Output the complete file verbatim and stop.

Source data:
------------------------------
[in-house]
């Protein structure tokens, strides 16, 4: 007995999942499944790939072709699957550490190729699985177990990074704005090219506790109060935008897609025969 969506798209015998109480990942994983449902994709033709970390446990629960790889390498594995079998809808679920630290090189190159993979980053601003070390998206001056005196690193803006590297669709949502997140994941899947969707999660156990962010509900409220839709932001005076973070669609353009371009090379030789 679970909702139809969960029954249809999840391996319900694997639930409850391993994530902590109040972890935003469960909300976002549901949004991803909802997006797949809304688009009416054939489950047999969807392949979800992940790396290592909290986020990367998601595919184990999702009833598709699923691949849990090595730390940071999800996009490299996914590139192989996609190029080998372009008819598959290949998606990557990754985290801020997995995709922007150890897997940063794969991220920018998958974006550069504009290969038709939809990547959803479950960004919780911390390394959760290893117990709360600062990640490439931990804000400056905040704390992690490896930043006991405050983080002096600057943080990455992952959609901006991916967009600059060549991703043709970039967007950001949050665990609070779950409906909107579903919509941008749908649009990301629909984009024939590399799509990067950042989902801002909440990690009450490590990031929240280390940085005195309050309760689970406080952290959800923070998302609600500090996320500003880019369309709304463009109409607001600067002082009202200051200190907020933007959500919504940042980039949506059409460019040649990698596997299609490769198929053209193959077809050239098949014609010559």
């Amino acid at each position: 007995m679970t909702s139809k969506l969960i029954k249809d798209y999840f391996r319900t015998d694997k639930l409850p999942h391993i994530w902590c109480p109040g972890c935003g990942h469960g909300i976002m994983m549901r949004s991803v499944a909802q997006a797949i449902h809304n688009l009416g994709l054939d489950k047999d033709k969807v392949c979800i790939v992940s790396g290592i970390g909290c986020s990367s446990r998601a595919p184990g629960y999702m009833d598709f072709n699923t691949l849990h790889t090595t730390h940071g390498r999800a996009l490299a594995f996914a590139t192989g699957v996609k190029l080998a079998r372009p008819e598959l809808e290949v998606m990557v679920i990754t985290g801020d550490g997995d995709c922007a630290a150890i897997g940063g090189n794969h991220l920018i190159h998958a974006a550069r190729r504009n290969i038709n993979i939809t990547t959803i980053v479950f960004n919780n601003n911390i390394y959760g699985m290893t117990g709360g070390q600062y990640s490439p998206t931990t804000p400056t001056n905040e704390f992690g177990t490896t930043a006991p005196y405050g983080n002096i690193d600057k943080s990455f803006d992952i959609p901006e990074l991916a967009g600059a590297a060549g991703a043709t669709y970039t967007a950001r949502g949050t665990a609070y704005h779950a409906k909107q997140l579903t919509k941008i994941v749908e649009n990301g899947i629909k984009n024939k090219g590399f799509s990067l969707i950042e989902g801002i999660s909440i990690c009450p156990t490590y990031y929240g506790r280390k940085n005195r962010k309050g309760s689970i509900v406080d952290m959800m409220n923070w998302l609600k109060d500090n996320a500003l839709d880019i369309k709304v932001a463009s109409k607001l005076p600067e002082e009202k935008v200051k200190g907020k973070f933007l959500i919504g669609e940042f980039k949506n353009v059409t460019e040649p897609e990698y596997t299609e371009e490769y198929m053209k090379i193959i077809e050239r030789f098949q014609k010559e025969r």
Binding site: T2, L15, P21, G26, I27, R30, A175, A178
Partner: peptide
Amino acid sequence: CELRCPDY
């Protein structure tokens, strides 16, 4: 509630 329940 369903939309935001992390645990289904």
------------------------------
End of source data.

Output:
[in-house]
């Protein structure tokens, strides 16, 4: 007995999942499944790939072709699957550490190729699985177990990074704005090219506790109060935008897609025969 969506798209015998109480990942994983449902994709033709970390446990629960790889390498594995079998809808679920630290090189190159993979980053601003070390998206001056005196690193803006590297669709949502997140994941899947969707999660156990962010509900409220839709932001005076973070669609353009371009090379030789 679970909702139809969960029954249809999840391996319900694997639930409850391993994530902590109040972890935003469960909300976002549901949004991803909802997006797949809304688009009416054939489950047999969807392949979800992940790396290592909290986020990367998601595919184990999702009833598709699923691949849990090595730390940071999800996009490299996914590139192989996609190029080998372009008819598959290949998606990557990754985290801020997995995709922007150890897997940063794969991220920018998958974006550069504009290969038709939809990547959803479950960004919780911390390394959760290893117990709360600062990640490439931990804000400056905040704390992690490896930043006991405050983080002096600057943080990455992952959609901006991916967009600059060549991703043709970039967007950001949050665990609070779950409906909107579903919509941008749908649009990301629909984009024939590399799509990067950042989902801002909440990690009450490590990031929240280390940085005195309050309760689970406080952290959800923070998302609600500090996320500003880019369309709304463009109409607001600067002082009202200051200190907020933007959500919504940042980039949506059409460019040649990698596997299609490769198929053209193959077809050239098949014609010559």
């Amino acid at each position: 007995m679970t909702s139809k969506l969960i029954k249809d798209y999840f391996r319900t015998d694997k639930l409850p999942h391993i994530w902590c109480p109040g972890c935003g990942h469960g909300i976002m994983m549901r949004s991803v499944a909802q997006a797949i449902h809304n688009l009416g994709l054939d489950k047999d033709k969807v392949c979800i790939v992940s790396g290592i970390g909290c986020s990367s446990r998601a595919p184990g629960y999702m009833d598709f072709n699923t691949l849990h790889t090595t730390h940071g390498r999800a996009l490299a594995f996914a590139t192989g699957v996609k190029l080998a079998r372009p008819e598959l809808e290949v998606m990557v679920i990754t985290g801020d550490g997995d995709c922007a630290a150890i897997g940063g090189n794969h991220l920018i190159h998958a974006a550069r190729r504009n290969i038709n993979i939809t990547t959803i980053v479950f960004n919780n601003n911390i390394y959760g699985m290893t117990g709360g070390q600062y990640s490439p998206t931990t804000p400056t001056n905040e704390f992690g177990t490896t930043a006991p005196y405050g983080n002096i690193d600057k943080s990455f803006d992952i959609p901006e990074l991916a967009g600059a590297a060549g991703a043709t669709y970039t967007a950001r949502g949050t665990a609070y704005h779950a409906k909107q997140l579903t919509k941008i994941v749908e649009n990301g899947i629909k984009n024939k090219g590399f799509s990067l969707i950042e989902g801002i999660s909440i990690c009450p156990t490590y990031y929240g506790r280390k940085n005195r962010k309050g309760s689970i509900v406080d952290m959800m409220n923070w998302l609600k109060d500090n996320a500003l839709d880019i369309k709304v932001a463009s109409k607001l005076p600067e002082e009202k935008v200051k200190g907020k973070f933007l959500i919504g669609e940042f980039k949506n353009v059409t460019e040649p897609e990698y596997t299609e371009e490769y198929m053209k090379i193959i077809e050239r030789f098949q014609k010559e025969r």
Binding site: T2, L15, P21, G26, I27, R30, A175, A178
Partner: peptide
Amino acid sequence: CELRCPDY
């Protein structure tokens, strides 16, 4: 509630 329940 369903939309935001992390645990289904």